Editor’s Note: Michael D’Antonio is the author of the book “Never Enough: Donald Trump and the Pursuit of Success” and co-author with Peter Eisner of “The Shadow President: The Truth About Mike Pence.” The opinions expressed in this commentary are the author’s. View more opinion articles on CNN.
Let’s pause for a moment and consider that President Donald Trump’s chief of staff Mick Mulvaney had to say on national TV that his boss is “not a white supremacist” and one of Trump’s senior advisers, Kellyanne Conway, had to push back against her own husband’s questioning of Trump’s mental state.
Over the weekend, as Trump ranted on Twitter, George Conway, who is a prominent conservative lawyer, posted the psychiatric definition of narcissistic personality disorder and asked all Americans to think about Trump’s “mental condition and psychological state.”
Naturally, the press wanted to hear Kellyanne Conway’s view. “No, I don’t share those concerns,” she said as she went to work at the White House on Monday. She added that she had been busy with her children and may not have been aware of all the President’s recent tweets.
The twin spectacles, headlined by Mulvaney and Conway, come after several off-key days for a president whose behavior is so troll-like that Americans have come to expect him to act more like an out-of-control Reddit commenter than a chief executive of the United States. Altogether, these events reinforce the idea that Trump is wholly unsuited for the Oval Office.
Part of the reason that Mulvaney and Conway had to defend the President is because rather than focusing on Friday’s tragedy, when a white supremacist allegedly killed 50 people in two New Zealand mosques, Trump spent the weekend tweeting his grievances about John McCain, Fox News’ suspension of Jeanine Pirro and GM’s CEO Mary Barra.
And when asked directly about the deadly New Zealand attack on Friday, Trump denied that surging white nationalism was a serious problem. Though Trump did offer condolences and called the attack a “horrible, horrible thing,” he failed to note the attacker specifically targeted Muslims. (Press secretary Sarah Sanders also omitted the religious identity of the victims.)
The contrast with the President’s response to an attack last year on Coptic Christians in Egypt is glaring. Back then he declared that the “bloodletting of Christians has to end.”
In failing to specifically condemn anti-Muslim terrorism in New Zealand, Trump demonstrated once again that he’s not up to the job. White nationalist sentiment – and the fevered online forums that inform it – is a problem around the world and in the United States. In fact, according to the Anti-Defamation League’s Center on Extremism, between 2008-2017, the majority of killings caused by extremists have been committed by those with white-nationalist and far-right ideologies.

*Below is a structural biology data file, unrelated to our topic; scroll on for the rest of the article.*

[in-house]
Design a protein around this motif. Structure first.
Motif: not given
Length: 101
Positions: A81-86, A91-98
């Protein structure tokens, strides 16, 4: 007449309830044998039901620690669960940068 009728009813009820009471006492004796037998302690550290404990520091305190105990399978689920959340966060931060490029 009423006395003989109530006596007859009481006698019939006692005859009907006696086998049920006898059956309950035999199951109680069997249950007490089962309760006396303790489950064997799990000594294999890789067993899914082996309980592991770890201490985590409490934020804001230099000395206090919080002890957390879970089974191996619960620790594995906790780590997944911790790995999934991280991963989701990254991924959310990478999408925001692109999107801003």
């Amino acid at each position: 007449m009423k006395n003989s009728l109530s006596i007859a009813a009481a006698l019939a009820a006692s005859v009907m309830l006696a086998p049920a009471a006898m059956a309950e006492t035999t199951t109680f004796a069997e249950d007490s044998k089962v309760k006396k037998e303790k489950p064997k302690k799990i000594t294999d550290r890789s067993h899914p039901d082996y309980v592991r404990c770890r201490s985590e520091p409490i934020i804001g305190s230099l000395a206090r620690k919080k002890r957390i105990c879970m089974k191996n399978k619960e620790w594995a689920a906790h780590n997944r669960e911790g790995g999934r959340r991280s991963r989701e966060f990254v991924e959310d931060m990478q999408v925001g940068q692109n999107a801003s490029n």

And perhaps part of why Trump cannot easily condemn white nationalism is because he has been blowing white nationalist dog whistles for several years now. During the 2016 campaign, he whipped up anti-immigrant sentiments by insisting they are responsible for illegal drugs, rape and violent crime (In fact, immigrants are more law-abiding than individuals born in this country.) After he was elected, Trump characterized immigrants as invaders, a common turn of phrase among white nationalists.
And shortly after he took office, he ordered a ban on visits to America by people from seven Muslim-majority countries. (The ban has since been modified to include two non-Muslim majority countries and has removed three Muslim majority countries). His subsequent pursuit of a massive border wall on the southern border, his attacks on protesting black athletes and comments on “shithole” countries in Africa all reek of racial animus.
Trump’s words and actions have drawn the admiration of white nationalists, including the New Zealand mosque attacker, who purportedly mentioned the President by name in his manifesto. But the alleged attacker isn’t the only white nationalist to praise Trump. After Trump’s election, white nationalists led a rally through Charlottesville. After an innocent woman was killed by one of them, Trump noted there were “very fine people” among them. And David Duke, a former Klansman at the rally, explained that white nationalists like him voted for Trump, because he said he’s going “to take our country back.”
With praise from Duke and the torch-bearers in Virginia, the President has a serious problem that calls for him to do something more than deny that white nationalism is a growing problem. A true leader would not only disavow the extremists, he would embrace all whom they target and rally the world against them. The highest office in the land – and the most powerful position in the world – requires nothing less.
In the context of Trump’s own record, the pushback from Mulvaney and Conway is therefore not persuasive. White House officials can offer all the denials they want, but the fact that the questions are asked – again and again – is a sign that something is terribly wrong with the most powerful person on Earth.